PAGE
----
A human-inspired mechanical criterion for multi-contact locomotion in humanoids

Abstract : This work aims at experimentally identifying a mechanical principle of locomotion stability in humans and demonstrating that this principle can be used for generating stable multi-contact motions for humanoids. For this purpose, a destabilizing setup was built on which five different experiments were carried out by 15 human volunteers. We first show experimentally that when humans balance is perturbed (walking on a destabilizing setup, increasing walking speed, grasping or not a fixed element), the distance between the center of mass (CoM) and the central axis of the external contact wrench significantly increases. This result is coupled with a theoretical reasoning in mechanics in order to exhibit how lowering this distance amounts to lower the body's angular acceleration and thus constitutes a good strategy against falling. Finally, we illustrate the interest of this result for humanoid robot motion generation by embedding the minimization of the distance between the CoM and the central axis of the external contact wrench in an optimal control formulation in order generate multi-contact locomotion.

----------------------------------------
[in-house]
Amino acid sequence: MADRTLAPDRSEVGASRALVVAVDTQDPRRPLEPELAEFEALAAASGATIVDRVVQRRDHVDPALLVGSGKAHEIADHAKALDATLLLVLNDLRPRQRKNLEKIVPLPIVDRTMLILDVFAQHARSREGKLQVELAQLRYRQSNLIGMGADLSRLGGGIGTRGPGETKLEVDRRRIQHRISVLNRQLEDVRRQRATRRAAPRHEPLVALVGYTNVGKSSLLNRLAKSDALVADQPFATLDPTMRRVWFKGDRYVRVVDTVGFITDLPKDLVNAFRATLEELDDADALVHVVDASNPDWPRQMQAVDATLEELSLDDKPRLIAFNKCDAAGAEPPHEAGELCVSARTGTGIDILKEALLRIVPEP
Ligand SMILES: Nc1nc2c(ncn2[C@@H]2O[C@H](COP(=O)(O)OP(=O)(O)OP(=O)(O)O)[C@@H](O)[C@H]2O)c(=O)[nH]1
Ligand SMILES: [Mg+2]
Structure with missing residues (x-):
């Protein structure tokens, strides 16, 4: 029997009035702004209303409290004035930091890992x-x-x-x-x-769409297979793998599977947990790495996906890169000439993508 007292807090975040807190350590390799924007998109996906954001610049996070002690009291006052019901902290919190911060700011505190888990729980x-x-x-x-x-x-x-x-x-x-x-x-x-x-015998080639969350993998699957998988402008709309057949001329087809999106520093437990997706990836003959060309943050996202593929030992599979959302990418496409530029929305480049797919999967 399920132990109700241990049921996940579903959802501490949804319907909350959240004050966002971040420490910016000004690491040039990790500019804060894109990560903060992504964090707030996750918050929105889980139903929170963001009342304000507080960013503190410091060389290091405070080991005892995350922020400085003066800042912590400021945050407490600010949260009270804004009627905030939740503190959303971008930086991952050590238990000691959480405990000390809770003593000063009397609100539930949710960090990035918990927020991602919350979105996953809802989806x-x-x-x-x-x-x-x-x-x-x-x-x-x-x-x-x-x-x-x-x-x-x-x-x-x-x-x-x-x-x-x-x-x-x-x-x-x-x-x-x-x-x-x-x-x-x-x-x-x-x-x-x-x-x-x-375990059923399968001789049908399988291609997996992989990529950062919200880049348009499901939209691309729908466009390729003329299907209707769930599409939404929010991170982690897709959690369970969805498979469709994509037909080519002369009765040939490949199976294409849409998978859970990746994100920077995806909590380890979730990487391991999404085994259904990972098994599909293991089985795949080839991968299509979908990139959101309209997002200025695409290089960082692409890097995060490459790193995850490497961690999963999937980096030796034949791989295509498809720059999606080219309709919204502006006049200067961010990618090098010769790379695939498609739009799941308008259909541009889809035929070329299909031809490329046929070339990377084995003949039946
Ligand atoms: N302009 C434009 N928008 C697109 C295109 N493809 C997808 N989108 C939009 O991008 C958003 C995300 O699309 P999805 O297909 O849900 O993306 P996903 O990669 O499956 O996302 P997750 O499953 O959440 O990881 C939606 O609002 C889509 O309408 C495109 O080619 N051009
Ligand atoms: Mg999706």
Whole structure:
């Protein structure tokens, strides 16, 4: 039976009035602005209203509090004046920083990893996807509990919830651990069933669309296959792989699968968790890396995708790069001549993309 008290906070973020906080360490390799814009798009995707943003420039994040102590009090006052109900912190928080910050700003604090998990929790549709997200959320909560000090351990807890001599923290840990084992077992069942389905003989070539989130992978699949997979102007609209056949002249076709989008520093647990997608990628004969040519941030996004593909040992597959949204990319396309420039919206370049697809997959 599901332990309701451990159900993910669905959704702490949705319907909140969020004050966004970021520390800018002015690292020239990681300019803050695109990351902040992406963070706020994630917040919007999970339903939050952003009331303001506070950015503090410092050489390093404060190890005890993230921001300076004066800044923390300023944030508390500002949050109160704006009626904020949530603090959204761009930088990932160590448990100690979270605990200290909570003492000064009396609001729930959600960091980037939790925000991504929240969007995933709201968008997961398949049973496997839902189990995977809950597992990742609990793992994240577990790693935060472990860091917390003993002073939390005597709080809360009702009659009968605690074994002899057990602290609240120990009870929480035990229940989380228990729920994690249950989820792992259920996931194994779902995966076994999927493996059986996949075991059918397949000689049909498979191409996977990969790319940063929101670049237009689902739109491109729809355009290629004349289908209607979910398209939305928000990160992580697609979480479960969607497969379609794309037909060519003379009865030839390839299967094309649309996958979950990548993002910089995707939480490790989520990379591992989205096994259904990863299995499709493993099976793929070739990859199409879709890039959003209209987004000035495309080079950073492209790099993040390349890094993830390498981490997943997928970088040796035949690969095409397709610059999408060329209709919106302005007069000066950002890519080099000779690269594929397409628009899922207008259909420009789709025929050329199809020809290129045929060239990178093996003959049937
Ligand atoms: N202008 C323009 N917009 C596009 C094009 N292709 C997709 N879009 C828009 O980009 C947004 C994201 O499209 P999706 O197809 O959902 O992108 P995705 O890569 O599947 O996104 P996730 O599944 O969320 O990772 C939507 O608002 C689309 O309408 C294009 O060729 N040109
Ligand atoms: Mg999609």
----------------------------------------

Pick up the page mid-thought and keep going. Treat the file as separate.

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Rapport LAAS n° 17249. 2017
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François Bailly, Justin Carpentier, Bertrand Pinet, Philippe Souères, Bruno Watier. A human-inspired mechanical criterion for multi-contact locomotion in humanoids. Rapport LAAS n° 17249. 2017. 〈hal-01569252〉

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